C that encloses a square surface S having sides of length 2c and the z

axis as a perpendicular. That is, C lies√in a constant z plane and has

sides x = ±c and y = ±c with c < a/ 2). In Cartesian coordinates,

set up the line integral on the left in (1). Without carrying out the

integrations, what must the answer be?

1.4.4∗ In a conﬁguration having axial symmetry about the z axis, a line current I

ﬂows in the −z direction along the z axis. This current is returned at the

radii a and b, where there are uniform surface current densities Kza and

Kzb , respectively. The current density is zero in the regions 0 < r < b, b <

r < a and a < r.

(a) Given that Kza = 2Kzb , show that Kza = I/π(2a + b).

(b) Show that H is

�

I 1/r; 0<r<b

H = − iφ (a)

2π 2a/r(2a + b); b < r < a

Sec. 1.6 Problems 49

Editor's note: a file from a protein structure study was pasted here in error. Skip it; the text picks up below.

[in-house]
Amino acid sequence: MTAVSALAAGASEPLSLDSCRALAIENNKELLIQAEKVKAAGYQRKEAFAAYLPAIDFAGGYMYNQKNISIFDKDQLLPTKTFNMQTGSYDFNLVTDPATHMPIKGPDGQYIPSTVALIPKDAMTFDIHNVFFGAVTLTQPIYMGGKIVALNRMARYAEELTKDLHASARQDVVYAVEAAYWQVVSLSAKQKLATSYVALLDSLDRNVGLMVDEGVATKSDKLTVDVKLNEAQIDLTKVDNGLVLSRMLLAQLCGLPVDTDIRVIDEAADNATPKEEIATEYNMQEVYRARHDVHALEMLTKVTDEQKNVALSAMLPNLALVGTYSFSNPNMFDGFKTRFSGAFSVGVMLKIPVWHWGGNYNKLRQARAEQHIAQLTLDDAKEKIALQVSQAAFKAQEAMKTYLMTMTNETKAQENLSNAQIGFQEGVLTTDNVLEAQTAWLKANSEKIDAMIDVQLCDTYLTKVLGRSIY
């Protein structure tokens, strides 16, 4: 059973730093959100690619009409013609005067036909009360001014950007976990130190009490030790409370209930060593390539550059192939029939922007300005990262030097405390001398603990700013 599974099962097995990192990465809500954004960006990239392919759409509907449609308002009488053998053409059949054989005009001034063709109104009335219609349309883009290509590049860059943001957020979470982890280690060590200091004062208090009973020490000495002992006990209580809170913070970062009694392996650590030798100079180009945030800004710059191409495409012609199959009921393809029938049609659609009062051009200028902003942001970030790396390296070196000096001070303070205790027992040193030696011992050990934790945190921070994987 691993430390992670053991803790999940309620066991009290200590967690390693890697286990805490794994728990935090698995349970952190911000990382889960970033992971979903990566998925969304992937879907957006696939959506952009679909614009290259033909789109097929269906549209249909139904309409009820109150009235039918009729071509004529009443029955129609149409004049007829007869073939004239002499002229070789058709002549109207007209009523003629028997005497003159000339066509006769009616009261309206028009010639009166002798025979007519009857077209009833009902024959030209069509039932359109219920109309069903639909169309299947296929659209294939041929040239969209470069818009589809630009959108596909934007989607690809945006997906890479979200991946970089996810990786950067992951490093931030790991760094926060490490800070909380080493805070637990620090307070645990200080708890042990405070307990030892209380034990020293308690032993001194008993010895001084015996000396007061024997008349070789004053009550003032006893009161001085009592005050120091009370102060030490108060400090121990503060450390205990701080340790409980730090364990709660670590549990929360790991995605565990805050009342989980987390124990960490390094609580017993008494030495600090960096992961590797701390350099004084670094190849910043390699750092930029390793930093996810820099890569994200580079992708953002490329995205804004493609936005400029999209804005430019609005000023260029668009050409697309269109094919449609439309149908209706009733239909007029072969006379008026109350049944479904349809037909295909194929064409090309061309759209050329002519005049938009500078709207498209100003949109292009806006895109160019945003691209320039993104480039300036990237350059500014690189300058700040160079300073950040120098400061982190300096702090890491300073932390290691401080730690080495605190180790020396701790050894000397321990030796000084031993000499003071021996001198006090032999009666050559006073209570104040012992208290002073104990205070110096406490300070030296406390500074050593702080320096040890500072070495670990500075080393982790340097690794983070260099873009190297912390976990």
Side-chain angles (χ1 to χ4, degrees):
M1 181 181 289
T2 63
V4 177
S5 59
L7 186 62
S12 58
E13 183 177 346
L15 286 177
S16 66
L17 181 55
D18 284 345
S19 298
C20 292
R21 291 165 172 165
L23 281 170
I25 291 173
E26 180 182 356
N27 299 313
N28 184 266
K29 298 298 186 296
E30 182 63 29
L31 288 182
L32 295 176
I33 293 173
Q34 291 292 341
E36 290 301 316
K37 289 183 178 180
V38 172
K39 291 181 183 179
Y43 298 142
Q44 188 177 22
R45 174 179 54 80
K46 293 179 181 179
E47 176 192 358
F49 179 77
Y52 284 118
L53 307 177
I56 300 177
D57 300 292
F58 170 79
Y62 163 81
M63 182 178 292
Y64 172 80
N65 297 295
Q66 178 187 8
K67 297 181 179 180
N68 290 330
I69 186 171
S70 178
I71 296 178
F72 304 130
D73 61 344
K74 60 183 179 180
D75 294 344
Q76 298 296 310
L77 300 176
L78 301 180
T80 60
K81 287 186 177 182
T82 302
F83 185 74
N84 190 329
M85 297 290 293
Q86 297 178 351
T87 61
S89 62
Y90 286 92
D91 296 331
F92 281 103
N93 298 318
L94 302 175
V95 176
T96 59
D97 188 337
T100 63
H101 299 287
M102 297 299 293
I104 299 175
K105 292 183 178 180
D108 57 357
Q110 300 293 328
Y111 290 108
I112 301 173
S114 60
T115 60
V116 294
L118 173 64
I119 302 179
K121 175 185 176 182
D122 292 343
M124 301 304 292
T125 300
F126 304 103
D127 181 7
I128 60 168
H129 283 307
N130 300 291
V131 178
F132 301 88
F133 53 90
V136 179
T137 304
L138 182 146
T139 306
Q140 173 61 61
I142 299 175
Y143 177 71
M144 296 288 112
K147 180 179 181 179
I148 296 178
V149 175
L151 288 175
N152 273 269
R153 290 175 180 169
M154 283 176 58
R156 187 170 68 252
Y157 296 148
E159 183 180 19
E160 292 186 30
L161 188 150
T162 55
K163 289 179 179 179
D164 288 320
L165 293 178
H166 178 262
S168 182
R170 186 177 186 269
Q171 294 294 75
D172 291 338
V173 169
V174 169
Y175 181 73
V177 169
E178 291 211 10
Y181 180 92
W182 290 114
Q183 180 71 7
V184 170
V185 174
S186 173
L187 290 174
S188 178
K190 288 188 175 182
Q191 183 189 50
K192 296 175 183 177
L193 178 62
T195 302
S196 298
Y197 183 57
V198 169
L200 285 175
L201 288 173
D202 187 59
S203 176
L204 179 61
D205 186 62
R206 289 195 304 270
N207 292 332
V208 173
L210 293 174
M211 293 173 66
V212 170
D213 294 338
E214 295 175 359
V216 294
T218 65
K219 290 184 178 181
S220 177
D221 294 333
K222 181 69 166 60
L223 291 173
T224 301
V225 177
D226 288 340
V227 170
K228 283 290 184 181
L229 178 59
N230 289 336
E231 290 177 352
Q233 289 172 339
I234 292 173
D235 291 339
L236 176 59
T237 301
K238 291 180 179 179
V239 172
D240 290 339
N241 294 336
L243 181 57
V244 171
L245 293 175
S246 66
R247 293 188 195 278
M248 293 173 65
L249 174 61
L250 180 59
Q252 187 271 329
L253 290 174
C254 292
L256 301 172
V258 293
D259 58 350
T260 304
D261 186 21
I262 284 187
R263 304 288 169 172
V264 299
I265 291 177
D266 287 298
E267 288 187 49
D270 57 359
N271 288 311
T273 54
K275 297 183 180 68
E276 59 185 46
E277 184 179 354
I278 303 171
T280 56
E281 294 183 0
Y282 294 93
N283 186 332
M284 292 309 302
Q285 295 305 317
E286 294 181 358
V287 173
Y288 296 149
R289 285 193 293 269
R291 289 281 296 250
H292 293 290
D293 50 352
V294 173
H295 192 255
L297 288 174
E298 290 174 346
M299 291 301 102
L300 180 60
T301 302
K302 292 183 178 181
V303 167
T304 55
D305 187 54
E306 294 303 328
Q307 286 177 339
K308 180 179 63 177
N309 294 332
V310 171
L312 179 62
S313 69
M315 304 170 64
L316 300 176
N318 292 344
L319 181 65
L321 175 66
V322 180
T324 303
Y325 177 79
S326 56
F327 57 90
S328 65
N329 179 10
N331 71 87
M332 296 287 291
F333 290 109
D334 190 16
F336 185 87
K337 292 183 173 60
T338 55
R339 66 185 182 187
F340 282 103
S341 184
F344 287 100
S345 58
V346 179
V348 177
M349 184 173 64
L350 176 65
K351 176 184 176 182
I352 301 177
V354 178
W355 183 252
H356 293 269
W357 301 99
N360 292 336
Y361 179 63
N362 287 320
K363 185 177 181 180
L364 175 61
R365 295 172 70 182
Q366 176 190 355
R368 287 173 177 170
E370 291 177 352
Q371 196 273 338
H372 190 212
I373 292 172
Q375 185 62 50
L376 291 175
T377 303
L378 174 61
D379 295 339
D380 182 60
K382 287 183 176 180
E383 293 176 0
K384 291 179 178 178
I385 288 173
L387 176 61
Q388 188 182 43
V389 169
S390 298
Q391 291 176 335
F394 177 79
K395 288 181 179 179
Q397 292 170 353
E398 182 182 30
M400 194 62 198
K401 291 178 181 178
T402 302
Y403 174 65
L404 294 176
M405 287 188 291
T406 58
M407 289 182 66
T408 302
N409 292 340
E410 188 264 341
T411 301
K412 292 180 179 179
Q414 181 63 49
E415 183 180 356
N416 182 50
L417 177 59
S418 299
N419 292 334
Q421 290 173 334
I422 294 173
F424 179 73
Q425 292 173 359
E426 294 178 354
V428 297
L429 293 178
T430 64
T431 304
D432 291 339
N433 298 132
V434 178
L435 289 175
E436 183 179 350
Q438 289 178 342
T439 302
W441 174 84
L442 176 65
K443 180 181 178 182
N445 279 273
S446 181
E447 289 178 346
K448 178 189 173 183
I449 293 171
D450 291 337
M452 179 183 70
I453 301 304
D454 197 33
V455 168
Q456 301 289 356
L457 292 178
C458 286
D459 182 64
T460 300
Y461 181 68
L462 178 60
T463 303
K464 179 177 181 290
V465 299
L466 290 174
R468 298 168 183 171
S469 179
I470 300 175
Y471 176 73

respectively. In the region − 12 s < z < 12 s, the current density is J =

2Jo z/siy . In the region z < − 2 1 s, H = 0. Determine H for − 12 s < z.

1.5.1∗ In the region of space of interest, the charge density is uniform and a given

function of time, ρ = ρo (t). Given that the system has spherical symmetry,

with r the distance from the center of symmetry, use the integral form of

the law of charge conservation to show that the current density is

r dρo

J=− ir (a)

3 dt

1.5.2 In the region x > 0, the charge density is known to be uniform and the

given function of time ρ = ρo (t). In the plane x = 0, the current density is

zero. Given that it is x directed and only dependent on x and t, what is J?